Blame MTV's My Super Sweet 16 for showing teens nationwide the extremes the super-wealthy go to for a child's coming-of-age soiree. American teens, who number more than 70 million, want what's hot at their parties--from bar and bat mitzvahs to sweet 16s, quinceaneras and other coming-of-age rites. Whether you start a new specialty, add teen parties to your existing event planning business, or specialize in peripheries like security or entertainment, teen parties have an angle for everyone.
Party planner Marley Majcher, 37, who founded Pasadena, California-based The Party Goddess! Inc. in 2000, suggests walking the fine line between making teens happy and making their purse-string-holding parents even happier. "You have to be a really good listener and see yourself as a liaison," she says.
To succeed, bone up on trends. Majcher, whose company brought in $1 million this year, notes that lounge setups are in vogue for teens. Because music and entertainment are paramount to any teen shindig, hooking up with hot DJs in your area can help you break into the market. And you'll definitely want to market in areas with high disposable income.
Ready to start the fun with your own teen party planning business? Follow these startup tips:
- Become a teen trend expert. If you're going to establish yourself as the go-to planner for the hottest teen shindigs, you'd better bone up on your teen knowledge, notes Marley Majcher, 37-year-old founder of The Party Goddess, a party-planning business in Pasadena, California. What are the hot fashions? Who are the hot musicians? Where are the cool party spots? You want to be able to design party themes and special touches that are cutting edge for your target marketplace.
- Learn expert negotiating skills. It's important to keep the parents happy, since they're footing the bill, but still be seen as an expert to be looked up to by the teenage guest of honor. Hone your communication skills so you can steer your clients to great parties within their parents" requirements, all while avoiding interfamilial conflict.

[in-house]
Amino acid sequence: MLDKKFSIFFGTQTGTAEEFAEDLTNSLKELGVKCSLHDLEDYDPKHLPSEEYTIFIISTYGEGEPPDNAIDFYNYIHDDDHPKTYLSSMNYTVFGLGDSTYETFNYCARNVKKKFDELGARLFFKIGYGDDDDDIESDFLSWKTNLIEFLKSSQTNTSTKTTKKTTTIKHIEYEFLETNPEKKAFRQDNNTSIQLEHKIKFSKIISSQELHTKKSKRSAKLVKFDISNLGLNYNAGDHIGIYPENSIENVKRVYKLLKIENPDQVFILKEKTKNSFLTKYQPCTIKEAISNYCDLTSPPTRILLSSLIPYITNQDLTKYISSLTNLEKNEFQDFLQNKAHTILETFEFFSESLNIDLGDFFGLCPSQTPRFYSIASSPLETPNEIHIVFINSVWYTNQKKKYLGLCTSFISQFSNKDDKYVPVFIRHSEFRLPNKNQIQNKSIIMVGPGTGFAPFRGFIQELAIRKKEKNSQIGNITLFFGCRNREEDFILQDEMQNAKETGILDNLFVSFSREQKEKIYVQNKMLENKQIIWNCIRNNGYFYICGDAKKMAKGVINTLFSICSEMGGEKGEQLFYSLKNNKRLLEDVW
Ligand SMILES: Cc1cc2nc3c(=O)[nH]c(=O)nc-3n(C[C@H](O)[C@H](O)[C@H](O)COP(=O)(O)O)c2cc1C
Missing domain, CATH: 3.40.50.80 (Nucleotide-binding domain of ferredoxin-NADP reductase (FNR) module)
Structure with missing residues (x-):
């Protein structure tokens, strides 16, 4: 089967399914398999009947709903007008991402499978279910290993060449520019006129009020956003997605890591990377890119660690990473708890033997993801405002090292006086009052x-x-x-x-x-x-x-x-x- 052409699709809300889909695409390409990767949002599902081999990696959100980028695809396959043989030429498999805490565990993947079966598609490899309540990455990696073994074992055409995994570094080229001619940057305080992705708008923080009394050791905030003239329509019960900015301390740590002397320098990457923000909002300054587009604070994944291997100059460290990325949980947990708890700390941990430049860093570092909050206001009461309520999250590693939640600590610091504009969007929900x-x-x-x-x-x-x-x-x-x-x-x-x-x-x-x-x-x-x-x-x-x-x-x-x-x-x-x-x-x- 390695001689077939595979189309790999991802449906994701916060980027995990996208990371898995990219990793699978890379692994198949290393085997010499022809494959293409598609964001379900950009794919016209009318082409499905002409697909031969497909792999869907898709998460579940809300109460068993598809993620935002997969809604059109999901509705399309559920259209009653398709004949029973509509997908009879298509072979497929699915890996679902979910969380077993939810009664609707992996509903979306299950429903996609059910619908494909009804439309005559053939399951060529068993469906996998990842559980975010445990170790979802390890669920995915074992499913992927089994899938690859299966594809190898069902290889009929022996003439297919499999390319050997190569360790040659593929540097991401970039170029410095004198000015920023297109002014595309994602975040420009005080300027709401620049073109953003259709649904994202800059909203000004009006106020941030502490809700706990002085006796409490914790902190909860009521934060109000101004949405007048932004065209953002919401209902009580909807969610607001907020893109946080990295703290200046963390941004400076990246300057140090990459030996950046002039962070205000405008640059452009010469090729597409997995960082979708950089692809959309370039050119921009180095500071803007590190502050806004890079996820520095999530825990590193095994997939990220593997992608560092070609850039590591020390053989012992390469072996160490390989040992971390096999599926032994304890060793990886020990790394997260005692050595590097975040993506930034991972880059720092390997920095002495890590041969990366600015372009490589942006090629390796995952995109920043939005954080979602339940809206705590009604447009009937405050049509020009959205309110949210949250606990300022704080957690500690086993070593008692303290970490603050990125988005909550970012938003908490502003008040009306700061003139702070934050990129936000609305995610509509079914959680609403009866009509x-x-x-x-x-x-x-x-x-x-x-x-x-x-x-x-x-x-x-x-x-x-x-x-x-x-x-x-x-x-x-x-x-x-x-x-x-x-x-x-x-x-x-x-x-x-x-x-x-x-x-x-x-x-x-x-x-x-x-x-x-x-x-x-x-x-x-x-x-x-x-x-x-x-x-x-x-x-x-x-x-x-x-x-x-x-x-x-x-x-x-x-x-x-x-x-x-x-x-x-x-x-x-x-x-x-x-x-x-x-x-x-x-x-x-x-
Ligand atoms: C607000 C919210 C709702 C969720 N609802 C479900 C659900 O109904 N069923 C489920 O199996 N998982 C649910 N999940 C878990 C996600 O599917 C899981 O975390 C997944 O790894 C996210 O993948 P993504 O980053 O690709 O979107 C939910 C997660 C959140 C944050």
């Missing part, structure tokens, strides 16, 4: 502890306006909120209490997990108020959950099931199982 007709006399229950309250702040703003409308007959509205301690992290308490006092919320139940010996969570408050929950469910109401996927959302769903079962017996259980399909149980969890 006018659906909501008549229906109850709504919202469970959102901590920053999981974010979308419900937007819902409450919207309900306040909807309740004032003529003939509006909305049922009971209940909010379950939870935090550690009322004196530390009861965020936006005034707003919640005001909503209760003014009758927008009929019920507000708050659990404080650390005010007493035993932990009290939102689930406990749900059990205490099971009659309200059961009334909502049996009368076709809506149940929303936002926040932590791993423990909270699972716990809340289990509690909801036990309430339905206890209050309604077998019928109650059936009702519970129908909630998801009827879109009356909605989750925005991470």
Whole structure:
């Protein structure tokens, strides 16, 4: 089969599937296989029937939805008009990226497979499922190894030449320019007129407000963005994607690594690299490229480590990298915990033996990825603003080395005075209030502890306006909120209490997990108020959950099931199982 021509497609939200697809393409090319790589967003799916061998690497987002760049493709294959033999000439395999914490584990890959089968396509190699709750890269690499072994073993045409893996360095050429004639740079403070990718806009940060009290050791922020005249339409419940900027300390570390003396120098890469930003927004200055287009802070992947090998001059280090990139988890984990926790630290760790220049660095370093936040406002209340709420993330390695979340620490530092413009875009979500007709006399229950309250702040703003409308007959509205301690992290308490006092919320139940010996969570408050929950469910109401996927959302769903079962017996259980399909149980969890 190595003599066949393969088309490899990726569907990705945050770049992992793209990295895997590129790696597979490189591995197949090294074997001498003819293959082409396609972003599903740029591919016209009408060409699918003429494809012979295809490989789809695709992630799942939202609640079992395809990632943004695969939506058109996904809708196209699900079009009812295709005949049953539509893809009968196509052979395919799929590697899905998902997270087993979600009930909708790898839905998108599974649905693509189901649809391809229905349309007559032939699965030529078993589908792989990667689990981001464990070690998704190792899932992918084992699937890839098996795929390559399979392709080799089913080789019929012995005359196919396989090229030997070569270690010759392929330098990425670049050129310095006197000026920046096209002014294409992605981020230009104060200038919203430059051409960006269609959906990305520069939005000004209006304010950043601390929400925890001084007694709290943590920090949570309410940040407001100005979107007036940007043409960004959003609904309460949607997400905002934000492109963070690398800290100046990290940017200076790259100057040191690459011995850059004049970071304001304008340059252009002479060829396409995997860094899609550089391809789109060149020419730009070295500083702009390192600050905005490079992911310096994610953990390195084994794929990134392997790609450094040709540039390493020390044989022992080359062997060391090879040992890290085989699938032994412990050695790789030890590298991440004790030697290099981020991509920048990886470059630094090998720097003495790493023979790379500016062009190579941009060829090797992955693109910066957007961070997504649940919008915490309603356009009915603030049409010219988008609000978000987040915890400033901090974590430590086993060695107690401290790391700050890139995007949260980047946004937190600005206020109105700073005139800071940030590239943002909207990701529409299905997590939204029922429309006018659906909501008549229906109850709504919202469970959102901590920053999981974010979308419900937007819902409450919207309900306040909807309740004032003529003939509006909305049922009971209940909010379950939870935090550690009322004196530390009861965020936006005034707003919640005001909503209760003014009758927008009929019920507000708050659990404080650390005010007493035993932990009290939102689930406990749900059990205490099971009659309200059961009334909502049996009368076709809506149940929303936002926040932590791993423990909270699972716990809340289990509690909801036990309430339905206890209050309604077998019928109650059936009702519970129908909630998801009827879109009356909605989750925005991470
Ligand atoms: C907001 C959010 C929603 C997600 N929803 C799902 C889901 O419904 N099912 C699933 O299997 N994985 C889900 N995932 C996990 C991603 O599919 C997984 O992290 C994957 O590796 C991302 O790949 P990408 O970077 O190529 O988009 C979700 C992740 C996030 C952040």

- Know your marketplace. Determine how you should price--a flat fee or a percentage of the final party cost? Local customs can help you decide. Also check out the International Special Events Society for information on how to become a Certified Special Events Professional, and consider attending a convention of local event planners.
- Cross-promote. See if you can forge an alliance with local record stores, DJs and other vendors within your target demographic. Check out country clubs, too, suggests Majcher, as many affluent parents might be connected to such groups and likely to hold functions in those locations. You might even volunteer to decorate or help organize a school's prom in exchange for branding opportunities, just to get your name out there with the teen set.
- Get creative. The benchmark teen desire is to stand out while fitting in--you'll need to portray that image of cool for your clients, but also give them a party that's totally unique, and totally them, notes Majcher. Your job is to create fun, so let your imagination free when thinking of themes, favors, decor, menu and the like.